Dubai: Afzal Kohistani – the man who fought for justice in the brutal ‘honour’ killing of three boys and five girls in Pakistan's Khyber Pakhtunkhwa (KPK) – was shot dead on Wednesday in cold blood.
The killing of the whistle blower who brought the 2012 Kohistan Video Scandal to the attention of public, has once again brought focus to the menace of the ‘jirga’ system (a tribal court of elders) and draconian rules prevailing in tribal areas of Pakistan.
Afzal Kohistani was killed in a shootout on Wednesday night in a densely populated area of Abbottabad city in Khyber Pakhtunkhwa province. It was Afzal who leaked the video of boys and girls dancing and clapping together at a wedding ceremony held in a remote conservative area of KPK’s Kohistan district which borders the tribal belt of Pakistan.
The incident depicted in the video occurred in 2011. In the eyes of the locals, the youngsters had violated tribal norms and brought dishonour upon them. As a result, girls seen in the audience as well as the man who was seen dancing and his two brothers, were later murdered on the orders of the jirga in 2012.
According to Station House Officer Ghafoor of the Cantt police station, Afzal was accompanied by his nephew at the time of the shooting. The nephew shot back at the gunmen and remained unhurt, Dawn news reported.
Condemning the incident, Pakistan Peoples Party (PPP) leader Senator Sherry Rehman said she would raise the issue in the parliament. “I will be raising this shocking murder of Afzal Kohistani in the parliament. This was the brave man who publicised the honour killing of three girls and boys from the Kohistan video scandal.. [He] had been receiving threats for a long time, yet wasn’t provided security,” Senator Rehman tweeted.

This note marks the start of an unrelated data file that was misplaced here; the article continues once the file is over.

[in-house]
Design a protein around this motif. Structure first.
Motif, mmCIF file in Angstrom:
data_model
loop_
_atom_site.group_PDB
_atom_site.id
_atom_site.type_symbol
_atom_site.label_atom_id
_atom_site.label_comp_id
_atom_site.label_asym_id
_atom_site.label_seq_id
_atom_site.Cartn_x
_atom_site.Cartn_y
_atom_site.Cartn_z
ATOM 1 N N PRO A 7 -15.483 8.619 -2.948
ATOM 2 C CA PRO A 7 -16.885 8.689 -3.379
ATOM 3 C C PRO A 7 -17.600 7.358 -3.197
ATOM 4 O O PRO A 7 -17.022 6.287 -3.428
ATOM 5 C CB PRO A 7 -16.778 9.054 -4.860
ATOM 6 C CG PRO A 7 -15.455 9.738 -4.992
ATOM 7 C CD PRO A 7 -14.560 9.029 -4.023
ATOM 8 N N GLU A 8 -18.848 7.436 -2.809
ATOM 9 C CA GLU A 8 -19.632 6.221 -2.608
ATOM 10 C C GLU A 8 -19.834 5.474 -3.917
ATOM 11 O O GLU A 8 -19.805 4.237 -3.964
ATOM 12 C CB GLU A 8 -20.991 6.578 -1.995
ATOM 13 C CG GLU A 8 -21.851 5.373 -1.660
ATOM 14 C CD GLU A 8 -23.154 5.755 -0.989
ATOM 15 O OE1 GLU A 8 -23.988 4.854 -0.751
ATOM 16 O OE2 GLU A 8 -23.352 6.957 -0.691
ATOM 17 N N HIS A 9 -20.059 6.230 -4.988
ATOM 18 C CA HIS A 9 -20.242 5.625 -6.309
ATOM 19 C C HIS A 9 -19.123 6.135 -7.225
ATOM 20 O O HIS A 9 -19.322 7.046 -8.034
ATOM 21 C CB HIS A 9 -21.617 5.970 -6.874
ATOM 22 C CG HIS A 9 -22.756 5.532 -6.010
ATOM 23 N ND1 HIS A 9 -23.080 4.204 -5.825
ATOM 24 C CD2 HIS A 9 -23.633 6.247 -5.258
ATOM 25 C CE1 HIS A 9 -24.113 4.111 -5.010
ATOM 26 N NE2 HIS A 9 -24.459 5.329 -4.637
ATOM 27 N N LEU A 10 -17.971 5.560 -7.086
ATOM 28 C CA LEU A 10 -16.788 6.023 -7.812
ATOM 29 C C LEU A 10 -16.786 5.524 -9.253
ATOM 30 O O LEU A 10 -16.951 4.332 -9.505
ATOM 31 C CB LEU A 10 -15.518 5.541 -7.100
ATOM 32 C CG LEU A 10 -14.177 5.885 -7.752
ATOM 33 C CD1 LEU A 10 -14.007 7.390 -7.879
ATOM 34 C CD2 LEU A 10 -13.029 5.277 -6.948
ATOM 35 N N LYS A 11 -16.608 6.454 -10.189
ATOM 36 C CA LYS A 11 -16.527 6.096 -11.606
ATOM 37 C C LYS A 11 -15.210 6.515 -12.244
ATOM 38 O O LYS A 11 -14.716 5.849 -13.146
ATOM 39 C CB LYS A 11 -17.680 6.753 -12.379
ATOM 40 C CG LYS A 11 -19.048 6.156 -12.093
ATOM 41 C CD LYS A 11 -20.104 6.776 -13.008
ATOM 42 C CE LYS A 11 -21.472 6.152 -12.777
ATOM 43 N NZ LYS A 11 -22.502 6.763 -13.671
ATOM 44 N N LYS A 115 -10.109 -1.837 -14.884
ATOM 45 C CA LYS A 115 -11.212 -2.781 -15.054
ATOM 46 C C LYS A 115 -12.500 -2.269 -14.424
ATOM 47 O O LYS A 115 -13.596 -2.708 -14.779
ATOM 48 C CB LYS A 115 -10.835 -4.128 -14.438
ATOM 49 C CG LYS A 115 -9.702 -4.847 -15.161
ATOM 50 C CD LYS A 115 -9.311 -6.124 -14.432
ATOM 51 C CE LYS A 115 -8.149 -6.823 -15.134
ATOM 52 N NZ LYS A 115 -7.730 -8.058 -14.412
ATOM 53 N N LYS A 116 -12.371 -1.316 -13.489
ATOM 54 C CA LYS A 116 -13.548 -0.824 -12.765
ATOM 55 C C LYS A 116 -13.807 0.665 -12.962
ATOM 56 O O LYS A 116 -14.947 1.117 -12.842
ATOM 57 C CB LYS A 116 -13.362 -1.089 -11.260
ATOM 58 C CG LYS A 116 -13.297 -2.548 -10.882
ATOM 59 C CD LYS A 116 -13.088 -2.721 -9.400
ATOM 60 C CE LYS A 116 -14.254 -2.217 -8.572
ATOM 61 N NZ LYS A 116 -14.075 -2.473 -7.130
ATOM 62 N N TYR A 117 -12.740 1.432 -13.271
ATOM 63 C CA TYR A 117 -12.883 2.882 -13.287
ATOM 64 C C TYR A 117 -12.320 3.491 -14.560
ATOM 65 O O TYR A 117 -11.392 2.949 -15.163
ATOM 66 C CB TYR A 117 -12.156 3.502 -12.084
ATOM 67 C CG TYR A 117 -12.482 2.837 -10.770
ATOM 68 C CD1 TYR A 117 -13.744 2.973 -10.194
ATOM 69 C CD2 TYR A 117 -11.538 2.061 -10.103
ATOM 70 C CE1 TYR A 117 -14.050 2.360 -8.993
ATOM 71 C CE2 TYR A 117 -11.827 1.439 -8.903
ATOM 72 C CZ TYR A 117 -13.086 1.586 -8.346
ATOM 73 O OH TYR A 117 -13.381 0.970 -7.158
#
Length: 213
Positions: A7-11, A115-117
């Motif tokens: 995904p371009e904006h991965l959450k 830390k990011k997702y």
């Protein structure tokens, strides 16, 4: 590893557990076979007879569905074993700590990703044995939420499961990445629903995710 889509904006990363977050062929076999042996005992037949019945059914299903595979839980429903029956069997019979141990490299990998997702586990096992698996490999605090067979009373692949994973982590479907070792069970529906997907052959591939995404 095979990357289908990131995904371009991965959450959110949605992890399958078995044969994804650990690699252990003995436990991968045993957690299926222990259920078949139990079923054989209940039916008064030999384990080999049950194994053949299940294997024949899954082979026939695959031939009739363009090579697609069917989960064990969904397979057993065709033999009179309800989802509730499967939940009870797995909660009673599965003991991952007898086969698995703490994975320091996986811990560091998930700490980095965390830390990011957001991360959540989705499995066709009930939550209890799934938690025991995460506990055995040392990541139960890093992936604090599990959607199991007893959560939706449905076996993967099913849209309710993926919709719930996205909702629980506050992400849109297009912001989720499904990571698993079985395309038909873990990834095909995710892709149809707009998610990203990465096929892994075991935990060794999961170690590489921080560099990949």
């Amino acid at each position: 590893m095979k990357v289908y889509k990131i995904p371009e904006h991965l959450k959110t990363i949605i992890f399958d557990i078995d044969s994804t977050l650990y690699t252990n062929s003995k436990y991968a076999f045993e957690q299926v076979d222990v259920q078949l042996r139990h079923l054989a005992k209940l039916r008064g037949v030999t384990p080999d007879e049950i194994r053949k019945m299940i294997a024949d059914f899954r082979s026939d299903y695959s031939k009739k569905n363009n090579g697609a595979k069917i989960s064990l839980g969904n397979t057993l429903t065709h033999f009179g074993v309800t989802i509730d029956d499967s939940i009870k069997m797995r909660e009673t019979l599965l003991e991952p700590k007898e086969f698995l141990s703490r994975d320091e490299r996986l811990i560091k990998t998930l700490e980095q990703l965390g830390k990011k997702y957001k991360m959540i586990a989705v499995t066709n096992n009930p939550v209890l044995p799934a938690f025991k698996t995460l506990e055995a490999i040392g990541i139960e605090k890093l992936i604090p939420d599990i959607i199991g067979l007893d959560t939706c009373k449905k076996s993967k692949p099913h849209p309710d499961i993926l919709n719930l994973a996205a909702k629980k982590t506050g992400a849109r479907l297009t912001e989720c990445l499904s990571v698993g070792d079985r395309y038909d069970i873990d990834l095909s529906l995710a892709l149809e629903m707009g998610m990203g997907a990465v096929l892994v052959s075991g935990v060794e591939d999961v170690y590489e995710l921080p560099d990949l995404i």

Women Democratic Front in Pakistan in its tweet says: “Women Democratic Front strongly condemns the killing of Afzal Kohistan, the only witness of Kohistan case. He was a phenomenally brave man who stood for justice for the victims. The murderers must be punished.”
What was the Kohistan video scandal?
The Kohistan video scandal made headlines in 2012 when a group of three boys and five girls were killed by members of their tribe after a mobile phone video of them dancing at a wedding in a remote village in Kohistan emerged on social media.
The video showed five females singing and clapping as the male family members danced. After the video was leaked, a jirga (tribal council meeting) was held by the girls’ tribe which decreed the killing of the boys and girls under ‘riwaj’—the tribal custom – for bringing dishonor to the tribe.
Afzal was the brother of one of the boys in the video. Three of Afzal’s brothers - Shah Faisal, Sher Wali and Rafiuddin - were killed inside their home on January 3, 2013, reportedly by men belonging to girls’ tribe. They also set Afzal’s house on fire, killing a child.
After a delay of seven years, a case was finally registered on July 31, 2018, at Palas police station on the Supreme Court’s orders as the culprits remained at large.